Founded by John R. Walker and John Norvell in 1829 as The Pennsylvania Inquirer, this is the third-oldest surviving daily newspaper in the U.S. The Inquirer first became a major newspaper during the American Civil War when its war coverage was popular on both sides. The paper's circulation dropped after the war, then rose by the end of the 19th century.
This paper began as a four-page weekly called The Pittsburgh Gazette, first published in 1786 by Hugh Henry Brackenridge. This was the first newspaper published west of the Allegheny Mountains. Published by Joseph Hall and John Scull, the paper covered the start of the nation and published the newly adopted Constitution of the United States. Source: Wikipedia.
The digital backfile of the Wall Street Journal provides historical coverage of business news and worldwide financial markets. Part of ProQuest Historical Newspapers, this database delivers cover-to-cover full-images in PDF and searchable ASCII text.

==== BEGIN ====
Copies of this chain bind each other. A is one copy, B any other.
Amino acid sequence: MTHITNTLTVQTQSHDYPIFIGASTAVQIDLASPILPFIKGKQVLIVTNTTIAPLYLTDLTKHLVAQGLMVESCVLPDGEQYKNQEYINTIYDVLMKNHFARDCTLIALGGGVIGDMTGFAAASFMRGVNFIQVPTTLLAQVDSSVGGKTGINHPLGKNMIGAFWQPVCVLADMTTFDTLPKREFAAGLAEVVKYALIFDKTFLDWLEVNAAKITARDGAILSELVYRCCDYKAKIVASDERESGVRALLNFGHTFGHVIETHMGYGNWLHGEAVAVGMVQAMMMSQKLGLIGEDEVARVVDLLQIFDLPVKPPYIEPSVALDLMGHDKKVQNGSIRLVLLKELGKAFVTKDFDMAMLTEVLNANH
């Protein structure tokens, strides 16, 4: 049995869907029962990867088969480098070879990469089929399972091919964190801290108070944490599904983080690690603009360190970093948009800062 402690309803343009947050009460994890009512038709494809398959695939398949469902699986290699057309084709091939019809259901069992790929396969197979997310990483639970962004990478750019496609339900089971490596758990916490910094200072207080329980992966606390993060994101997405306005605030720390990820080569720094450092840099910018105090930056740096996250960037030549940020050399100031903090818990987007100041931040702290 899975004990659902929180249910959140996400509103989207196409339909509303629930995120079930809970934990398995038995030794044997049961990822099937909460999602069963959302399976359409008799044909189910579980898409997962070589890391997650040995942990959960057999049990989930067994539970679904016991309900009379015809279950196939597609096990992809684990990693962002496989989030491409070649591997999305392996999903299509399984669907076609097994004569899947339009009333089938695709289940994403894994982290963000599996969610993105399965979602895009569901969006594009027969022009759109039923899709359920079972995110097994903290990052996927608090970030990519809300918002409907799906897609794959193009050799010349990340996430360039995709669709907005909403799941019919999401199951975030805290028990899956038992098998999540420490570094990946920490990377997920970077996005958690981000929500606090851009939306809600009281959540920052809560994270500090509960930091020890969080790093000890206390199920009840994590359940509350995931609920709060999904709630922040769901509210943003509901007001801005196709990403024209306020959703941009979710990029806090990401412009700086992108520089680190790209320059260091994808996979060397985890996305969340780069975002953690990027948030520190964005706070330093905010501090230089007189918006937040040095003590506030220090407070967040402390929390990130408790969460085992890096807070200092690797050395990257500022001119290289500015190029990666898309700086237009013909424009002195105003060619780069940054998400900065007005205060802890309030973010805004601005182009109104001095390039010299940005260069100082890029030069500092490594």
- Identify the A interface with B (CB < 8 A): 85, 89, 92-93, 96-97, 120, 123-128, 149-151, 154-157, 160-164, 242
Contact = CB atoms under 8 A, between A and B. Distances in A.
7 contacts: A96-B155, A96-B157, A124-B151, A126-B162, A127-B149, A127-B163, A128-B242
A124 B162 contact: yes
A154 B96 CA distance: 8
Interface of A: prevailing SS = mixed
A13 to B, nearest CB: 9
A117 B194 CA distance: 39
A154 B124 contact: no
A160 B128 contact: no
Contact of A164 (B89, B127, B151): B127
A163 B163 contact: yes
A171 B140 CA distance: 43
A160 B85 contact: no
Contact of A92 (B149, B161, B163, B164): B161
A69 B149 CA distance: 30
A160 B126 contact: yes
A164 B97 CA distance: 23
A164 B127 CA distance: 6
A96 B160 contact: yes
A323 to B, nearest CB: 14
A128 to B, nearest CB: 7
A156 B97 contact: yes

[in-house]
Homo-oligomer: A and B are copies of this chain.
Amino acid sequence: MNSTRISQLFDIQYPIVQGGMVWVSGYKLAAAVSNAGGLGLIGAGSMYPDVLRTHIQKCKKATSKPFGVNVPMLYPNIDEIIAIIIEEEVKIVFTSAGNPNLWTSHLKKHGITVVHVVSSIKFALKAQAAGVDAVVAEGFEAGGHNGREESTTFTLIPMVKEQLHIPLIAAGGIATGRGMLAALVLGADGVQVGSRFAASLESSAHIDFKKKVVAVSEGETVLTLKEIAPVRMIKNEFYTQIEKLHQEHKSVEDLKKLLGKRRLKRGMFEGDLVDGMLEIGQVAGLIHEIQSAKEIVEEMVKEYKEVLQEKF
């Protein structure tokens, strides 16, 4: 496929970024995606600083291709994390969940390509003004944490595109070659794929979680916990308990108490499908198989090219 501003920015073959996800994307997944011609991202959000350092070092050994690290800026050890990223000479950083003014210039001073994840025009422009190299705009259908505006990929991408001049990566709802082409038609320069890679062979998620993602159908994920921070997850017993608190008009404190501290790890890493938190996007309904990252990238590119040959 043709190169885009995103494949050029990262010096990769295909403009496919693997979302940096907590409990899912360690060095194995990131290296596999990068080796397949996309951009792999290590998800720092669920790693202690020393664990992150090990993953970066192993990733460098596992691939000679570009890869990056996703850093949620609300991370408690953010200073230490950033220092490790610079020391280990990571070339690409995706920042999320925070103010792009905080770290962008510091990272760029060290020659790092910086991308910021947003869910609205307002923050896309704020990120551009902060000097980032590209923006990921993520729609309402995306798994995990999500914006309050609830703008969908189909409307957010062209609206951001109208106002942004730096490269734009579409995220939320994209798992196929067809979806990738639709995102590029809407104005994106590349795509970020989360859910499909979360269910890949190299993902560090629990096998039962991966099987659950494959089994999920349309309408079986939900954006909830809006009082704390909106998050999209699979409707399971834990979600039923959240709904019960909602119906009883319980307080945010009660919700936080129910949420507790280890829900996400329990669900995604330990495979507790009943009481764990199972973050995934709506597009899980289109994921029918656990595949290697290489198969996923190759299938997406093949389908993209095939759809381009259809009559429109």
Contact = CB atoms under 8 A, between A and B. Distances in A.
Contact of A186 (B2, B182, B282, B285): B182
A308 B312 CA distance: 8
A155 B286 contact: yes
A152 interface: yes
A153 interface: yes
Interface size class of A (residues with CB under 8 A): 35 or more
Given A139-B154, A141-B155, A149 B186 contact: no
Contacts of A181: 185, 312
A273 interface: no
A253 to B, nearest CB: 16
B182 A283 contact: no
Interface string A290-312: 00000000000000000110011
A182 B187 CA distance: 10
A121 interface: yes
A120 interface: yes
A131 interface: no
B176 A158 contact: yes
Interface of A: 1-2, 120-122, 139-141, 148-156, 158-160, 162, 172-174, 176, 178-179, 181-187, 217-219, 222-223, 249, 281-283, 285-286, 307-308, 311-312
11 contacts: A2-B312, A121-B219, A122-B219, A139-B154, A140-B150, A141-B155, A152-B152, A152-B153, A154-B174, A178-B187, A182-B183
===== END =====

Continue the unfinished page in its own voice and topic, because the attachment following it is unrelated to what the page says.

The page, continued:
Weekly newspaper geared to the African-American community of New York City, New York. It is one of the oldest African-American newspapers in the United States. It has published columns by W. E. B. Du Bois, Roy Wilkins, Adam Clayton Powell, Jr. and was the first to recognize and publish Malcolm X. Source: Wikipedia
African-American newspaper published in Pittsburgh, Pennsylvania, from 1907-1966. By the 1930s, the Courier was one of the top black newspapers in the United States. It was acquired in 1965 by John H. Sengstacke, a major black publisher and owner of the Chicago Defender.
ProQuest Newsstand has the very best access to current, full-text newspapers with longer backfile and/or more timely access to the New York Times, Wall Street Journal, Washington Post, Chicago Tribune, Los Angeles Times as well as over 85 Gannett regional and local titles. Updated daily.